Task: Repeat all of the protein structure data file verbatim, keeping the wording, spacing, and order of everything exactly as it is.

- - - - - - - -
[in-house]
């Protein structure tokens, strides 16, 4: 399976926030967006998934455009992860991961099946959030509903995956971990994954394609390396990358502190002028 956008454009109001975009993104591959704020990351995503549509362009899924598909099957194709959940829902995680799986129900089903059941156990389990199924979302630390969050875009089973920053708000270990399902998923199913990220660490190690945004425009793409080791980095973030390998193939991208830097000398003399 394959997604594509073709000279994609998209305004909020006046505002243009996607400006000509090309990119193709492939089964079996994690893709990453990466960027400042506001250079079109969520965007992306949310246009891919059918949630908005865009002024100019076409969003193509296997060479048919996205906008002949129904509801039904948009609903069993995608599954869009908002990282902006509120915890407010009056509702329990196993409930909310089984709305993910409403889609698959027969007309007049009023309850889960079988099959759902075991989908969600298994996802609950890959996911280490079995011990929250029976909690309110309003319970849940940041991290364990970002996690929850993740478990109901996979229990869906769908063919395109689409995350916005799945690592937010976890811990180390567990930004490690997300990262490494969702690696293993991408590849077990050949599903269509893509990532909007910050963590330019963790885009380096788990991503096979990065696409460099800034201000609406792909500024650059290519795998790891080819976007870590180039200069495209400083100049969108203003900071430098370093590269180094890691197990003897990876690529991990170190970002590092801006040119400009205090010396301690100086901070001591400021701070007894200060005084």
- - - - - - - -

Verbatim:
[in-house]
């Protein structure tokens, strides 16, 4: 399976926030967006998934455009992860991961099946959030509903995956971990994954394609390396990358502190002028 956008454009109001975009993104591959704020990351995503549509362009899924598909099957194709959940829902995680799986129900089903059941156990389990199924979302630390969050875009089973920053708000270990399902998923199913990220660490190690945004425009793409080791980095973030390998193939991208830097000398003399 394959997604594509073709000279994609998209305004909020006046505002243009996607400006000509090309990119193709492939089964079996994690893709990453990466960027400042506001250079079109969520965007992306949310246009891919059918949630908005865009002024100019076409969003193509296997060479048919996205906008002949129904509801039904948009609903069993995608599954869009908002990282902006509120915890407010009056509702329990196993409930909310089984709305993910409403889609698959027969007309007049009023309850889960079988099959759902075991989908969600298994996802609950890959996911280490079995011990929250029976909690309110309003319970849940940041991290364990970002996690929850993740478990109901996979229990869906769908063919395109689409995350916005799945690592937010976890811990180390567990930004490690997300990262490494969702690696293993991408590849077990050949599903269509893509990532909007910050963590330019963790885009380096788990991503096979990065696409460099800034201000609406792909500024650059290519795998790891080819976007870590180039200069495209400083100049969108203003900071430098370093590269180094890691197990003897990876690529991990170190970002590092801006040119400009205090010396301690100086901070001591400021701070007894200060005084």